GM drops $6,000 off the sticker price of 2023 Chevy Bolts

'The new price reflects our ongoing desire to make sure Bolt EV/EUV is competitive,' GM said.


General Motors has announced pricing for the 2023 Chevrolet Bolt EV and EUV. In a rare move, given the current climate for new vehicles, they'll actually be less expensive than the 2022 model year EVs.

The 1LT version of the 2023 Bolt EV starts at $26,595 (plus a $995 destination fee). That's $5,900 less than the 2022 starting price. The 2LT has the same discount, but it starts at $29,795.

As for the slightly longer Bolt EUV (Chevy's branding for an electric SUV), that starts at $28,195. You'll save $6,300 compared with the 2022 model. Likewise, a 2023 EUV with Premier trim starts at $32,695, down from $38,995. A new cosmetic Redline Edition package costs an extra $495.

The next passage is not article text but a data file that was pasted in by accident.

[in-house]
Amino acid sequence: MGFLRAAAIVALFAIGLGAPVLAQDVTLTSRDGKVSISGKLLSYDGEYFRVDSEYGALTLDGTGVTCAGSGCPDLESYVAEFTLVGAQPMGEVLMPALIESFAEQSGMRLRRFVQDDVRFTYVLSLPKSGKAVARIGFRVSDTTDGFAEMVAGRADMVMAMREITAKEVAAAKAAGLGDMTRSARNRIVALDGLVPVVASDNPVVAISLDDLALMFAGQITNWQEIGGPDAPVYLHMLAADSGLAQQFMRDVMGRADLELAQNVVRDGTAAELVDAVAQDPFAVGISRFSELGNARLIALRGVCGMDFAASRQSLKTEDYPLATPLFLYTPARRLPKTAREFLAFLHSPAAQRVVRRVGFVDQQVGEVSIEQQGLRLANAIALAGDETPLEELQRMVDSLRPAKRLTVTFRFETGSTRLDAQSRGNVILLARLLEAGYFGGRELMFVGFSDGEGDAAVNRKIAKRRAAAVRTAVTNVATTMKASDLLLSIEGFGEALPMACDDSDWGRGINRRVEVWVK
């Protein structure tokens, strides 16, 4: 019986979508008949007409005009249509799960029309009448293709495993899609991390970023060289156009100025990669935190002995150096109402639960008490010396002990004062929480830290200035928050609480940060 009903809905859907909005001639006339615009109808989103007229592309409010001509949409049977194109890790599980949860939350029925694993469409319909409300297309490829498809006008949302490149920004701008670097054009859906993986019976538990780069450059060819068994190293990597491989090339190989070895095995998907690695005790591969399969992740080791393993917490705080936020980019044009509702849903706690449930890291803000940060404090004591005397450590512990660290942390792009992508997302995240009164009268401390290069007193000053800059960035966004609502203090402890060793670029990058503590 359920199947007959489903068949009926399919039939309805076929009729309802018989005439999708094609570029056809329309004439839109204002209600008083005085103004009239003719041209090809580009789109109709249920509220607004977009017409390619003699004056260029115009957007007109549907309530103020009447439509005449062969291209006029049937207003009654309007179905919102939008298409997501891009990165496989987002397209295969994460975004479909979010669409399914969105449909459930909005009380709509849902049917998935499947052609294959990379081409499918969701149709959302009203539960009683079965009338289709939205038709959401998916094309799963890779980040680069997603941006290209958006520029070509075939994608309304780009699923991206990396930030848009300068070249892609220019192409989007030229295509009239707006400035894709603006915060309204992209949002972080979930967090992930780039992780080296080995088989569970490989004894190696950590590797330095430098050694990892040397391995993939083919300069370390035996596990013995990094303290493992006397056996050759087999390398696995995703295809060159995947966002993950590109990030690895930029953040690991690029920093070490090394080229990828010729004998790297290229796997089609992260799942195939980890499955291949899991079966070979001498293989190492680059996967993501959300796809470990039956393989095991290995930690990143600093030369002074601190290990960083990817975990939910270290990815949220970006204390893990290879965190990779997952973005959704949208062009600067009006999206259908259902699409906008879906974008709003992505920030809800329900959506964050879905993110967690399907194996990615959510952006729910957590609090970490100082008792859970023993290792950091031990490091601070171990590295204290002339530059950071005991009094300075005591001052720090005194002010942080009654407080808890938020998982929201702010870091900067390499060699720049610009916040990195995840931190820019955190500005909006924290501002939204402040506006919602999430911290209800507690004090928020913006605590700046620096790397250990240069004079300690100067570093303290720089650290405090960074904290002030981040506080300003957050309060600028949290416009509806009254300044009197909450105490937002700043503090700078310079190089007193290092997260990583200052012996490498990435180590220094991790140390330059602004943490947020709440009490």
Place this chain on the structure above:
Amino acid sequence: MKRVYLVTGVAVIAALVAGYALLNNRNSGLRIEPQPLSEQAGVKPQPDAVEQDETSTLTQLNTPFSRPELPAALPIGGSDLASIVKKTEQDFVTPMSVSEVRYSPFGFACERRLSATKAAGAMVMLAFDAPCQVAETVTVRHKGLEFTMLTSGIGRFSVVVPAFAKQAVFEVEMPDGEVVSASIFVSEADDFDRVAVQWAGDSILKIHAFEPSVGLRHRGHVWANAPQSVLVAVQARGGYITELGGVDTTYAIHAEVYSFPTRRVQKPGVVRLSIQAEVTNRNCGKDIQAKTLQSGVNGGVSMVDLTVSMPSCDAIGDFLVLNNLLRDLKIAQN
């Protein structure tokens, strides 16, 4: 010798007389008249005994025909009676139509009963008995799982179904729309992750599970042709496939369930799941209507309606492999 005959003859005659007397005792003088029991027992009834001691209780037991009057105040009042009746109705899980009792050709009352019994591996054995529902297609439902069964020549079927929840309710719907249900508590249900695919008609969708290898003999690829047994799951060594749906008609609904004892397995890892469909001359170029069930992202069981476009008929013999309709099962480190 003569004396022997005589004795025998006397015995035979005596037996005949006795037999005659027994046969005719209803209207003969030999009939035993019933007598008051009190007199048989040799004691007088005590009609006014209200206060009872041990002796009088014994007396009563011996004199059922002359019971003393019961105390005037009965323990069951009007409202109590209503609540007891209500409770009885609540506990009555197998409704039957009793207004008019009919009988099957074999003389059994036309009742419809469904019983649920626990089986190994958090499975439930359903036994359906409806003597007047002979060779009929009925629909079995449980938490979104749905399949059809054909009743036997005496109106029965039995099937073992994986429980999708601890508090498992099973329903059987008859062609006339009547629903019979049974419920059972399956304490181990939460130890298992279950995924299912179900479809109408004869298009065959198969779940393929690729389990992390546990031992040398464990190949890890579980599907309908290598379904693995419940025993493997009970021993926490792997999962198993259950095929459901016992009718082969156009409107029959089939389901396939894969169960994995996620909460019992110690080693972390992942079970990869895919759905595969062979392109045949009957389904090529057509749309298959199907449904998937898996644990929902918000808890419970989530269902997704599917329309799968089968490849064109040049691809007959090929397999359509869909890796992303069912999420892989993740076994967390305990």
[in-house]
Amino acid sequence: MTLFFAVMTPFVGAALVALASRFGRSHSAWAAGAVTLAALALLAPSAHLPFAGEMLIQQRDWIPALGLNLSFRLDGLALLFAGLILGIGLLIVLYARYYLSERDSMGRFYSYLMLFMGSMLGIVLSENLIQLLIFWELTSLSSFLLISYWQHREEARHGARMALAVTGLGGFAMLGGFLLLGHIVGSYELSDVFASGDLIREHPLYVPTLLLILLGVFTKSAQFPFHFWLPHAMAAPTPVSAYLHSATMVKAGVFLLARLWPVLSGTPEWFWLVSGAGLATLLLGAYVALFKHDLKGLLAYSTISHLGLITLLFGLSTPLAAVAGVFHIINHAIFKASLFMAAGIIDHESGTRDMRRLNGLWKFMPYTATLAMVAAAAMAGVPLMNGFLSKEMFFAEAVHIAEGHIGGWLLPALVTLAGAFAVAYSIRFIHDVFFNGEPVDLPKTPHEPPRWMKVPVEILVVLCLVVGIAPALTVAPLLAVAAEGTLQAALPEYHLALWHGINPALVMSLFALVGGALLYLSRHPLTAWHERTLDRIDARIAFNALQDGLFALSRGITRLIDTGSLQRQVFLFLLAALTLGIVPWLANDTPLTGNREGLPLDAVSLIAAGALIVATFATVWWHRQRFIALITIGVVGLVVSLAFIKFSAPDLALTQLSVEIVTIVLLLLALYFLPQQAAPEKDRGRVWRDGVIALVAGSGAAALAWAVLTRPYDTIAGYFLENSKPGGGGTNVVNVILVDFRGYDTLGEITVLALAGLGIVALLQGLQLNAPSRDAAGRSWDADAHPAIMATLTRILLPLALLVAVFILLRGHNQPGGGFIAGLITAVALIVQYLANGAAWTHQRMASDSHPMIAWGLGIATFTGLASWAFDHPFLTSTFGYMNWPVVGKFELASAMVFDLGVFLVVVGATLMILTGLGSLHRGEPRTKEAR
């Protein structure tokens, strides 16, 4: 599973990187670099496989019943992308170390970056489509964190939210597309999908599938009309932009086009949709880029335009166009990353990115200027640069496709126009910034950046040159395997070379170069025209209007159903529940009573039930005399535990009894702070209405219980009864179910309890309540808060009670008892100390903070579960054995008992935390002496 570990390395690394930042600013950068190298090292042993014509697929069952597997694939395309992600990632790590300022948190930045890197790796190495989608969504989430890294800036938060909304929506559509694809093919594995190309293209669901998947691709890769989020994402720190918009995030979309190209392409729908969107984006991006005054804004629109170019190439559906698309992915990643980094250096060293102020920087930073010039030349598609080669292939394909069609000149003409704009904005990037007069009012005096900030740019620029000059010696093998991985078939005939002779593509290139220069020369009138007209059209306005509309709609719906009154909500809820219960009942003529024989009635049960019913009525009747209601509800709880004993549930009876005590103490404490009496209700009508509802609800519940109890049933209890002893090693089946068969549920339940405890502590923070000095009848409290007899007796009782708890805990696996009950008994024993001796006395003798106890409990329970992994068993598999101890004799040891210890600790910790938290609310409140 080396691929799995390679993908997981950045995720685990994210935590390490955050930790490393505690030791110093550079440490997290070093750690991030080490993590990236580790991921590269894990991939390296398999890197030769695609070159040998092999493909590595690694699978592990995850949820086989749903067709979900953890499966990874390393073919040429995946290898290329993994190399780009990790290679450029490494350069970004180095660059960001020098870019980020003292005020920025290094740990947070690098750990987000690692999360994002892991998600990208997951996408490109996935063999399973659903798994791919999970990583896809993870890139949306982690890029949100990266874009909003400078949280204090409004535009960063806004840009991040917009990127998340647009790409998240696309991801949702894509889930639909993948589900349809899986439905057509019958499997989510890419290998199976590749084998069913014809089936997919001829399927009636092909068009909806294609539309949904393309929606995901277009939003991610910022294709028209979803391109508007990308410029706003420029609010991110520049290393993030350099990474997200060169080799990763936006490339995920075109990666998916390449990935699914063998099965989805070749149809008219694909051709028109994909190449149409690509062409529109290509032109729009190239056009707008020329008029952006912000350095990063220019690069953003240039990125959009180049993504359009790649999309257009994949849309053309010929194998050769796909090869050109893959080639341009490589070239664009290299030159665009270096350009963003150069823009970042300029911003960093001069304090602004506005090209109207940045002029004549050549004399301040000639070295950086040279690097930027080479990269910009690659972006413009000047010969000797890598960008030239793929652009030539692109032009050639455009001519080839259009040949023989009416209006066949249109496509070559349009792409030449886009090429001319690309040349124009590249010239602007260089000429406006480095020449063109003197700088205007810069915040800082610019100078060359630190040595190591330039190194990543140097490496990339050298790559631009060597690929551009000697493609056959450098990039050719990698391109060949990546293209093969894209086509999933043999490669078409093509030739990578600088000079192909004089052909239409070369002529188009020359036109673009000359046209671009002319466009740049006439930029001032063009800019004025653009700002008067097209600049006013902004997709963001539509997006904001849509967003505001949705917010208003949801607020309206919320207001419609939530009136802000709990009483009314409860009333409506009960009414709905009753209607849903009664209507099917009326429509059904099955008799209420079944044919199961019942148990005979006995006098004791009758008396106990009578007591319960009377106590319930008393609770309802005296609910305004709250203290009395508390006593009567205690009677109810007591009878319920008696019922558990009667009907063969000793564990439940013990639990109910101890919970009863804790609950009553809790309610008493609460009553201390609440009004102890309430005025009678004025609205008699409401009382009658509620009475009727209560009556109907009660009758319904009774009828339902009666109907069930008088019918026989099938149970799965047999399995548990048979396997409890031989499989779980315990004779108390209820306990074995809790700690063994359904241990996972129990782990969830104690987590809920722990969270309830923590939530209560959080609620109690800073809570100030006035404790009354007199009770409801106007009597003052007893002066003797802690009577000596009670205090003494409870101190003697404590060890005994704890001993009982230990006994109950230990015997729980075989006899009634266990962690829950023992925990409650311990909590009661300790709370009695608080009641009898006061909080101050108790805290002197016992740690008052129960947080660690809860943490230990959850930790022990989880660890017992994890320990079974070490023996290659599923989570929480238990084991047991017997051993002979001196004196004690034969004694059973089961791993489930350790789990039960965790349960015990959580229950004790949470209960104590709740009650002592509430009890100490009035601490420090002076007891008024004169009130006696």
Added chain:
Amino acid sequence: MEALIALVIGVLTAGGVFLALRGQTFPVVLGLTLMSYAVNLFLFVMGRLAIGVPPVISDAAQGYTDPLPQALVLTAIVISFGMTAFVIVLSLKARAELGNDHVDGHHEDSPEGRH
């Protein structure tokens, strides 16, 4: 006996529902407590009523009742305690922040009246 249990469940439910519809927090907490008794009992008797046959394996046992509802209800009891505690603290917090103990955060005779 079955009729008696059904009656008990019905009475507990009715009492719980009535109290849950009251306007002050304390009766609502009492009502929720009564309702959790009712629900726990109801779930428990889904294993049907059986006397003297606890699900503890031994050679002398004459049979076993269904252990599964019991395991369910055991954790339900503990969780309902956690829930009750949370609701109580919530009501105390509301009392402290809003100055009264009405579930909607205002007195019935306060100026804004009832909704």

Chevrolet says the options and content are "pretty much the same" as the 2022 editions, so it seems the company hasn't had to strip some features out for cost-saving purposes. "The new price reflects our ongoing desire to make sure Bolt EV/EUV is competitive in the marketplace and better aligns the MSRP with average transaction price, providing more price transparency to the customer," a spokesperson told CNET.

Supply chain issues and chip shortages have led to other automakers increasing prices of their EVs. So it's notable that Chevrolet is cutting prices, particularly given that the Bolt EV and EUV were already among the more relatively affordable options.

One tradeoff is that the 2023 Bolt EV and EUV won't use GM's Ultium battery system. In 2020, the automaker recalled 68,000 Chevy Bolt EVs following reports of battery fires, which dinged the reputation of the Bolt. Dropping the price of both vehicles by around $6,000 could help Chevrolet get the Bolt back in drivers' good graces. GM expects to start production of the 2023 Bolts this summer.